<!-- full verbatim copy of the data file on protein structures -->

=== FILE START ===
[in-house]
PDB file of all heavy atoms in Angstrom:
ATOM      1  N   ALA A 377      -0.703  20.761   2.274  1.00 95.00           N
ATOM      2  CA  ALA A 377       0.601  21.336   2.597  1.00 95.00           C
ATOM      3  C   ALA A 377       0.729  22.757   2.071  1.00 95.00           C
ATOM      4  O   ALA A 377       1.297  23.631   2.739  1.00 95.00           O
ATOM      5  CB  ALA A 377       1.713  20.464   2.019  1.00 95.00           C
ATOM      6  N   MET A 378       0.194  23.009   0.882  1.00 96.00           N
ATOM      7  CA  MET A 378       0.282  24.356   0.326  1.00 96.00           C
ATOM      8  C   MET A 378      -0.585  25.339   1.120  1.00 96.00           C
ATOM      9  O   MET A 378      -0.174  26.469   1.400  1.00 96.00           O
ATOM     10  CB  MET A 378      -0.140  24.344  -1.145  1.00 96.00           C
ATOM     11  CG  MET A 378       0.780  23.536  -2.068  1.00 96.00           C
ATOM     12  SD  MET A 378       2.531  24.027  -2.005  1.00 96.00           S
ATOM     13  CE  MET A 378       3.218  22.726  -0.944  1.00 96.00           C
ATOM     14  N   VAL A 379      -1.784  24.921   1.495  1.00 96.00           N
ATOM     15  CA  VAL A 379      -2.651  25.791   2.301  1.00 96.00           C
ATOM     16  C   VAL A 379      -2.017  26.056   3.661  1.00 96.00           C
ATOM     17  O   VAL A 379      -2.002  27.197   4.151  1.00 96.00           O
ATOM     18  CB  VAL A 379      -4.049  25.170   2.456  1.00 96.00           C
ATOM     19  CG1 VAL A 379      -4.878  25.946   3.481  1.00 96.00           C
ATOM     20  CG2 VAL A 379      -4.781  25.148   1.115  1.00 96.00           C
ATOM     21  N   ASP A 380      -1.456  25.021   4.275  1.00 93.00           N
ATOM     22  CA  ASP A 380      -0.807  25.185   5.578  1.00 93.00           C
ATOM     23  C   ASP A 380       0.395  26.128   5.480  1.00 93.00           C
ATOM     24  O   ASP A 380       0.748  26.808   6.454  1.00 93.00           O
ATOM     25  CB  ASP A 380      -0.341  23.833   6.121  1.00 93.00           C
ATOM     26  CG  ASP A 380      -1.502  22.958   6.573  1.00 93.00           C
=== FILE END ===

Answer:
[in-house]
PDB file of all heavy atoms in Angstrom:
ATOM      1  N   ALA A 377      -0.703  20.761   2.274  1.00 95.00           N
ATOM      2  CA  ALA A 377       0.601  21.336   2.597  1.00 95.00           C
ATOM      3  C   ALA A 377       0.729  22.757   2.071  1.00 95.00           C
ATOM      4  O   ALA A 377       1.297  23.631   2.739  1.00 95.00           O
ATOM      5  CB  ALA A 377       1.713  20.464   2.019  1.00 95.00           C
ATOM      6  N   MET A 378       0.194  23.009   0.882  1.00 96.00           N
ATOM      7  CA  MET A 378       0.282  24.356   0.326  1.00 96.00           C
ATOM      8  C   MET A 378      -0.585  25.339   1.120  1.00 96.00           C
ATOM      9  O   MET A 378      -0.174  26.469   1.400  1.00 96.00           O
ATOM     10  CB  MET A 378      -0.140  24.344  -1.145  1.00 96.00           C
ATOM     11  CG  MET A 378       0.780  23.536  -2.068  1.00 96.00           C
ATOM     12  SD  MET A 378       2.531  24.027  -2.005  1.00 96.00           S
ATOM     13  CE  MET A 378       3.218  22.726  -0.944  1.00 96.00           C
ATOM     14  N   VAL A 379      -1.784  24.921   1.495  1.00 96.00           N
ATOM     15  CA  VAL A 379      -2.651  25.791   2.301  1.00 96.00           C
ATOM     16  C   VAL A 379      -2.017  26.056   3.661  1.00 96.00           C
ATOM     17  O   VAL A 379      -2.002  27.197   4.151  1.00 96.00           O
ATOM     18  CB  VAL A 379      -4.049  25.170   2.456  1.00 96.00           C
ATOM     19  CG1 VAL A 379      -4.878  25.946   3.481  1.00 96.00           C
ATOM     20  CG2 VAL A 379      -4.781  25.148   1.115  1.00 96.00           C
ATOM     21  N   ASP A 380      -1.456  25.021   4.275  1.00 93.00           N
ATOM     22  CA  ASP A 380      -0.807  25.185   5.578  1.00 93.00           C
ATOM     23  C   ASP A 380       0.395  26.128   5.480  1.00 93.00           C
ATOM     24  O   ASP A 380       0.748  26.808   6.454  1.00 93.00           O
ATOM     25  CB  ASP A 380      -0.341  23.833   6.121  1.00 93.00           C
ATOM     26  CG  ASP A 380      -1.502  22.958   6.573  1.00 93.00           C